Opposition Leader Arden McLean, in his speech to mark the occasion, said he saw it as a “step forward towards greater self-determination.”
“Changing the nomenclature to Parliament will hopefully give a level of autonomy and greater recognition… History will reveal that each time this country took steps forward, it has served us well,” he said.
However, McLean renewed his call for electoral reform.
McLean pressed the need for changes that would stop the removal of names from the voters’ list because of time spent away from Cayman.
“Their absence does not mean they have any less interest in or are any less informed about the political landscape of this country than those who are here. In fact the contrary may be true,” he said.
He also said qualification for elected membership, especially based on time spent within the country, needs immediate action.
“Those qualifications requirements are dated and need to be eliminated now. Too many otherwise eligible Caymanians have been disenfranchised from participating in the democratic process as a result of these draconian provisions. These too will require constitutional change,” he said in his speech.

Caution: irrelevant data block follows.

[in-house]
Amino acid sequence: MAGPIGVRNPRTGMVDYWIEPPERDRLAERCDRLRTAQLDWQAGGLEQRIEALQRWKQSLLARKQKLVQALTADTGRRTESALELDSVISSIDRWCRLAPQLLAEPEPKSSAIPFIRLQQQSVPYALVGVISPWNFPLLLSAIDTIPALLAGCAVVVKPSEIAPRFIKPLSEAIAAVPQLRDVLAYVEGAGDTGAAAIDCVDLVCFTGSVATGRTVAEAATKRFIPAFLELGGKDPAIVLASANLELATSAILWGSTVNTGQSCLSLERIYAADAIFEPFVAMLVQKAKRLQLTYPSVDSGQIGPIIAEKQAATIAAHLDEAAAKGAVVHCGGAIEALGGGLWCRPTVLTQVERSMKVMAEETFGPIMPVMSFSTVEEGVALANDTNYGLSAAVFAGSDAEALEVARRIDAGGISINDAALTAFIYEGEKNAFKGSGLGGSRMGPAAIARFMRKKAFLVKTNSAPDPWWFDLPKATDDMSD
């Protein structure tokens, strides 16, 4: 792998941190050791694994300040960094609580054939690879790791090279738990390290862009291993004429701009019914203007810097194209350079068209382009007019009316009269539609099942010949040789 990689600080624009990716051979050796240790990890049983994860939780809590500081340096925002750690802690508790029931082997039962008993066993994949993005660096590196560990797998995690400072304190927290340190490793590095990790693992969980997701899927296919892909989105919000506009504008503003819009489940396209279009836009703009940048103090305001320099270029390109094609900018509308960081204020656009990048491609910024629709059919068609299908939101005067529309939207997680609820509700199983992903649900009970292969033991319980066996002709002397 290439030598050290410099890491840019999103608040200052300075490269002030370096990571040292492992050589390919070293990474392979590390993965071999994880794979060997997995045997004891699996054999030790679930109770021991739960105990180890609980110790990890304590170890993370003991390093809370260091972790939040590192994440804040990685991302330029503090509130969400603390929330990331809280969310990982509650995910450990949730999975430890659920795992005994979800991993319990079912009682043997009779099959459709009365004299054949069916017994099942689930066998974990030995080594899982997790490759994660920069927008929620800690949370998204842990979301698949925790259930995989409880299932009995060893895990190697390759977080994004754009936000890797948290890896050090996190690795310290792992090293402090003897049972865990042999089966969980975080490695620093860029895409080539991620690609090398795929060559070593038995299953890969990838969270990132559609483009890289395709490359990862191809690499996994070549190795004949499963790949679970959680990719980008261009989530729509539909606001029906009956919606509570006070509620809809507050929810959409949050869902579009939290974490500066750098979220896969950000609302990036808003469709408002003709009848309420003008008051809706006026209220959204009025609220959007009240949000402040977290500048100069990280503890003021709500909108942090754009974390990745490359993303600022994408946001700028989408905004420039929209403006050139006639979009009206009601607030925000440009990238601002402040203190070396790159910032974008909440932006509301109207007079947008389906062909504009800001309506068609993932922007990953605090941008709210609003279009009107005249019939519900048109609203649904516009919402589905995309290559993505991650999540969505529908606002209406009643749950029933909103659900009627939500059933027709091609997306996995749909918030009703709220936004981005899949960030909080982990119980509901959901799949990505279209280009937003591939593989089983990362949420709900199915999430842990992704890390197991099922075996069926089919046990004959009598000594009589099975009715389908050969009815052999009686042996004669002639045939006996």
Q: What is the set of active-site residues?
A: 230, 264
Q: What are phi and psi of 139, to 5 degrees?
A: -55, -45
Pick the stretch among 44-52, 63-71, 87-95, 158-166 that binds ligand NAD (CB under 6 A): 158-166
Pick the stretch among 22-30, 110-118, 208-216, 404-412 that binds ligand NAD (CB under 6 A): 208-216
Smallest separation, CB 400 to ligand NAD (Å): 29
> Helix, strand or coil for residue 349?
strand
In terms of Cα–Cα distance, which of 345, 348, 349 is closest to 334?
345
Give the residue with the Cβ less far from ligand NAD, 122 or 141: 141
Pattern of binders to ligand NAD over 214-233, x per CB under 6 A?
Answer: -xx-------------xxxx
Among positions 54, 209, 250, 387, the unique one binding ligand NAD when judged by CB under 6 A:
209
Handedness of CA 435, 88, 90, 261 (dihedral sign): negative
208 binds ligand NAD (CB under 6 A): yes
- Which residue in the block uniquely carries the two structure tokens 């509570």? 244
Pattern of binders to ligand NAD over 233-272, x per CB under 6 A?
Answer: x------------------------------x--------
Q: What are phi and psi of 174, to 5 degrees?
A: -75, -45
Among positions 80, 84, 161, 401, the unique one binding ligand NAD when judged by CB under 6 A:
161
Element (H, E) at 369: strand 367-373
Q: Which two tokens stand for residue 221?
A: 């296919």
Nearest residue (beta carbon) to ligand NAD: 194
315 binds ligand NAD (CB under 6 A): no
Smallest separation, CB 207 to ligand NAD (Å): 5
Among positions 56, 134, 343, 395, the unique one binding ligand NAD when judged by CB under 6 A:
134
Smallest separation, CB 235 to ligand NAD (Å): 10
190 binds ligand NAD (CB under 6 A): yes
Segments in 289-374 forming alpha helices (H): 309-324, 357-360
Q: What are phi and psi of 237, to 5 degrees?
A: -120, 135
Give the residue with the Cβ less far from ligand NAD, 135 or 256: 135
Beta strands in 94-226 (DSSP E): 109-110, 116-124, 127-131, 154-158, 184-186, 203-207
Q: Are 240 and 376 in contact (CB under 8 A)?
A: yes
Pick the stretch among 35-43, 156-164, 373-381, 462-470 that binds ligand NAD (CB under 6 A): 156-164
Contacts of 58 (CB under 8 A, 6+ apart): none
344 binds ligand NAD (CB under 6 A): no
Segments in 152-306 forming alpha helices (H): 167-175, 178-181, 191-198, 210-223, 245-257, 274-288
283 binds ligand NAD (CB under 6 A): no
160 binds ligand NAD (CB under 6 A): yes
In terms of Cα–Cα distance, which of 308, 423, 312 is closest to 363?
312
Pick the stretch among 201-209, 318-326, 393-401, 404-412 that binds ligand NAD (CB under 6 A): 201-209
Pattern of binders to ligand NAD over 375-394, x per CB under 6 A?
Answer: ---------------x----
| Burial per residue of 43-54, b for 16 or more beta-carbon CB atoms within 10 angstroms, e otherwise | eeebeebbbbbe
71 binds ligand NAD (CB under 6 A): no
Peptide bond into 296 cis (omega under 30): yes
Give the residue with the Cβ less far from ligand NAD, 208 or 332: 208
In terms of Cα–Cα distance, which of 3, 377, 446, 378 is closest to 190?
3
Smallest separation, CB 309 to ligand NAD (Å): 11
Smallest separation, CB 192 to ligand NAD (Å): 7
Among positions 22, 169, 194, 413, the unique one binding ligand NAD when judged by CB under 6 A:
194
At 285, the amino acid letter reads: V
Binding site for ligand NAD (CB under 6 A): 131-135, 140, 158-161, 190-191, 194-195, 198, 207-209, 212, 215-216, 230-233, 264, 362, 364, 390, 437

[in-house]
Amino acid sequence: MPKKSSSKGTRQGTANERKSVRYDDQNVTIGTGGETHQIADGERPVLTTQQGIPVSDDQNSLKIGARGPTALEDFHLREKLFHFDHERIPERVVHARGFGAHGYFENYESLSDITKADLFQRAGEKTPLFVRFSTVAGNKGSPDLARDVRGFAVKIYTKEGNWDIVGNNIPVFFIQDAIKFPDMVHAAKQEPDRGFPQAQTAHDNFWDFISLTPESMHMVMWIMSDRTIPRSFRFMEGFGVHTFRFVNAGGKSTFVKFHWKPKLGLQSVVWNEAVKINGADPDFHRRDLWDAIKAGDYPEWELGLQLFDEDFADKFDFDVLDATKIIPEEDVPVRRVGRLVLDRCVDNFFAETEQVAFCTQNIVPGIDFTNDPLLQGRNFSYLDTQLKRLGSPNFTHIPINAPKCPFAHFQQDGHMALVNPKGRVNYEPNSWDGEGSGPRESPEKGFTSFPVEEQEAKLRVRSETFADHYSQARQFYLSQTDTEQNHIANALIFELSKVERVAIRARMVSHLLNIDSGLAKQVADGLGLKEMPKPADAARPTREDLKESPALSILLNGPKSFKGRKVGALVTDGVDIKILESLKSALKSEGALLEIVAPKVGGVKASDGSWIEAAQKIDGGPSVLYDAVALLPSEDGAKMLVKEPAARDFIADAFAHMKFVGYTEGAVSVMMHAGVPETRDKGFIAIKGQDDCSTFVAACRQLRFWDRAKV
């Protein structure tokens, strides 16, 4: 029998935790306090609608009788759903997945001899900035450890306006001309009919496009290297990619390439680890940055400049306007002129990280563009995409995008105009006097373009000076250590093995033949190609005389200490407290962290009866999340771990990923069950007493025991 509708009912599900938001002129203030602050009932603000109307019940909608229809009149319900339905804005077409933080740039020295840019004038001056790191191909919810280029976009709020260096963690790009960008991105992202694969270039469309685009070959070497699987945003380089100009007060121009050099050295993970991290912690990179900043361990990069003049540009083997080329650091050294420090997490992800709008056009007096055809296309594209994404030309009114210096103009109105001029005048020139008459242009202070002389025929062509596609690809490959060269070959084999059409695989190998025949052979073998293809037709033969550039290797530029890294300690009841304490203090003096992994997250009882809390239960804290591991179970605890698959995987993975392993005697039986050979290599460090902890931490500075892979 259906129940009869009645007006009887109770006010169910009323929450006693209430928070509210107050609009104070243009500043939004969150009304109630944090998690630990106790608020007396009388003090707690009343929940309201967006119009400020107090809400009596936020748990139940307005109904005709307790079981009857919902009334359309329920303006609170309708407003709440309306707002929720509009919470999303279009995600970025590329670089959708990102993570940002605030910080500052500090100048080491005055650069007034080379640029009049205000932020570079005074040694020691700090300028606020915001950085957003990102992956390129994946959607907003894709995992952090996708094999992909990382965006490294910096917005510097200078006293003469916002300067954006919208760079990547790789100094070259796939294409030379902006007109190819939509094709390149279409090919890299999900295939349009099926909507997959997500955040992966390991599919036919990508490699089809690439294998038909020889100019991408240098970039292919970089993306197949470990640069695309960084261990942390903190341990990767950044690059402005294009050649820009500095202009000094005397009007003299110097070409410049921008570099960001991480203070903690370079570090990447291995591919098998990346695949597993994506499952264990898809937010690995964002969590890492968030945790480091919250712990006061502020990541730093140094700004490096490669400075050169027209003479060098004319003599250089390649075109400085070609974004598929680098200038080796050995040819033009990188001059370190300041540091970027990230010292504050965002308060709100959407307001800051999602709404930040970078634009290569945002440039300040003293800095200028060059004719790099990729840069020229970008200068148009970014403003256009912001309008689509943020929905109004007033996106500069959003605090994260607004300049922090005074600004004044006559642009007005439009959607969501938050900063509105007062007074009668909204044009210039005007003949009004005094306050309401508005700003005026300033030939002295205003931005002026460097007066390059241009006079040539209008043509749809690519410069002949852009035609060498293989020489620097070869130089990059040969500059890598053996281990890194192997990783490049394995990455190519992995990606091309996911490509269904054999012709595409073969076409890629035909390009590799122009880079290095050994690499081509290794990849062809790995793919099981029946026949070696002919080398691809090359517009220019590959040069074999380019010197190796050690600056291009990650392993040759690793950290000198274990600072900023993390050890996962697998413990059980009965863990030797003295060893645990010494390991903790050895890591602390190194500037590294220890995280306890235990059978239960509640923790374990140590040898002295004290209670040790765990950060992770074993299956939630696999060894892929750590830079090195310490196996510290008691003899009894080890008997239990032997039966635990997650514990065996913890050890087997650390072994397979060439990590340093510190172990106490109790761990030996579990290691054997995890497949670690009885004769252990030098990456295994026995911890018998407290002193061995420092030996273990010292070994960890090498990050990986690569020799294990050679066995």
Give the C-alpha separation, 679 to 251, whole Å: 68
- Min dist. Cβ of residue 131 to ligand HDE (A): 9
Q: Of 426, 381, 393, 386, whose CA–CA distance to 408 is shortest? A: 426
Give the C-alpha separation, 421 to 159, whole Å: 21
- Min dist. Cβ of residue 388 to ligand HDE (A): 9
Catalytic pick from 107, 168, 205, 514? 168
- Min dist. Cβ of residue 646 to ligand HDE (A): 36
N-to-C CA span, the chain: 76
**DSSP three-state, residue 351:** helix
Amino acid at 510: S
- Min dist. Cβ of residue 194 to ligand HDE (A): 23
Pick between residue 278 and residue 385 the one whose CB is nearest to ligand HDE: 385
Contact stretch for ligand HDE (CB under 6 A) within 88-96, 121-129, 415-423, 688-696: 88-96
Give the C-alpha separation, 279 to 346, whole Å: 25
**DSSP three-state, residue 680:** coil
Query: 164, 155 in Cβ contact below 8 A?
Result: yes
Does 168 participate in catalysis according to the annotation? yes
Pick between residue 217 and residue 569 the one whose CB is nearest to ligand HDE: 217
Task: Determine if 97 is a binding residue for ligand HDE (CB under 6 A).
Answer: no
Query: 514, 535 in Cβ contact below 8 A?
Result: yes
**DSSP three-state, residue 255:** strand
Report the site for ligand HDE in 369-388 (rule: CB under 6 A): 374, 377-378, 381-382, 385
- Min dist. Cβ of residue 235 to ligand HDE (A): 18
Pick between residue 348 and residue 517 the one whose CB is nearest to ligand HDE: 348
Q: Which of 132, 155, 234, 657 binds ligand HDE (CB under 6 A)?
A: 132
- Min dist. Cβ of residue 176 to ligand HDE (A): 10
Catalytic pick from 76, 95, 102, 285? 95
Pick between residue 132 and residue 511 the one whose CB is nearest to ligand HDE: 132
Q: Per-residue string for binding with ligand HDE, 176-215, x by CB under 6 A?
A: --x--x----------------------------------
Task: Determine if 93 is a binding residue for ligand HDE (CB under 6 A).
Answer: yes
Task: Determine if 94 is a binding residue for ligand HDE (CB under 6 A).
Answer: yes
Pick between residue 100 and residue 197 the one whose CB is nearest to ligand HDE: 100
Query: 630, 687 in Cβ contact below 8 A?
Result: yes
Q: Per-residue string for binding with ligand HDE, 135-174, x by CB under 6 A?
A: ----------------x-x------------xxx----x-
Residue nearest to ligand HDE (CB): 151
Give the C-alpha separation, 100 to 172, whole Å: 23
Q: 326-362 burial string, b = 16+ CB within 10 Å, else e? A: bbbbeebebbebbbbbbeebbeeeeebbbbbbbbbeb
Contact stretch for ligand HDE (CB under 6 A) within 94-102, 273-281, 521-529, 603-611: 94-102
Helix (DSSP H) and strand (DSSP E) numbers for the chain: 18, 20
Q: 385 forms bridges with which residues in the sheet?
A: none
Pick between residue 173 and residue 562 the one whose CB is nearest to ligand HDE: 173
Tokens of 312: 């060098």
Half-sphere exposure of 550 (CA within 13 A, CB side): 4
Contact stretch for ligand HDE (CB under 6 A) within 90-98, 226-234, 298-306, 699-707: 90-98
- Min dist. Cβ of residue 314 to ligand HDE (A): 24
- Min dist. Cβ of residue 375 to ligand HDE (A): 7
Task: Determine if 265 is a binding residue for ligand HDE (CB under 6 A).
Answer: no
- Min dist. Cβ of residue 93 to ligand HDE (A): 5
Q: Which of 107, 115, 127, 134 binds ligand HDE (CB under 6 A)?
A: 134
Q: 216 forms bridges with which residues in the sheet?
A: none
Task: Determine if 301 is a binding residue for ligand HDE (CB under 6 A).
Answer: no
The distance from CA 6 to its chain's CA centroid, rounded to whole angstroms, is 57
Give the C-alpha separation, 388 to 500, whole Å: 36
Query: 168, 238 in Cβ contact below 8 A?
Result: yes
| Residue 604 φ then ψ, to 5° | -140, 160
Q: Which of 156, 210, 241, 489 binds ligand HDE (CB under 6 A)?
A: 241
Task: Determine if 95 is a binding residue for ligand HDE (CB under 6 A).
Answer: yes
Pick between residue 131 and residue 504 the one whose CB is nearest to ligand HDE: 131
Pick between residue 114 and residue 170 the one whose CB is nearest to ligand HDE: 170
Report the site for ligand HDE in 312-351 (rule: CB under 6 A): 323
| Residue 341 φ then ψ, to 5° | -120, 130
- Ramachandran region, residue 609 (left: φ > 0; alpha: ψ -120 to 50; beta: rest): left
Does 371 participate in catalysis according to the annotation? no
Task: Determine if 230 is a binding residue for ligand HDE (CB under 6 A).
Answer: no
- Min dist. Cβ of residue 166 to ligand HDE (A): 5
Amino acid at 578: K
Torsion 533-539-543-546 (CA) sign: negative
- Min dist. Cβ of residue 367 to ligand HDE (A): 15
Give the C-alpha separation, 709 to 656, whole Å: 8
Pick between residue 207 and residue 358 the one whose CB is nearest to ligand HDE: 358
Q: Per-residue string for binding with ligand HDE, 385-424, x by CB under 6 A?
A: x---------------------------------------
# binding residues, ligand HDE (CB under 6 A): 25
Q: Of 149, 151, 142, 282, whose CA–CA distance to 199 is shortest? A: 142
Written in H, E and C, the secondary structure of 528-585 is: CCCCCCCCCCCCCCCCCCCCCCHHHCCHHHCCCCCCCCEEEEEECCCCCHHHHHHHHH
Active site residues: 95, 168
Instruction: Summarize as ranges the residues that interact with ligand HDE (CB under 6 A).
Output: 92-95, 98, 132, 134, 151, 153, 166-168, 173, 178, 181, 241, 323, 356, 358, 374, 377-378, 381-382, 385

McLean advocated for an elections commission, which he said would correct another process in the “long and arduous journey” of autonomy for Cayman. That process being the governor having authority over elections.
The East End MP told the Compass he was pleased to see the name change to House of Parliament.
The now in effect Cayman Islands Constitution (Amendment) Order 2020 brought into force a provision that obliges the UK Secretary of State for Foreign Affairs to notify the premier of proposed acts of the UK Parliament that would extend directly to the Cayman Islands, or Orders in Council extending any provisions of an Act of the UK Parliament to the Cayman Islands, so that the Cabinet can provide its views on proposed changes.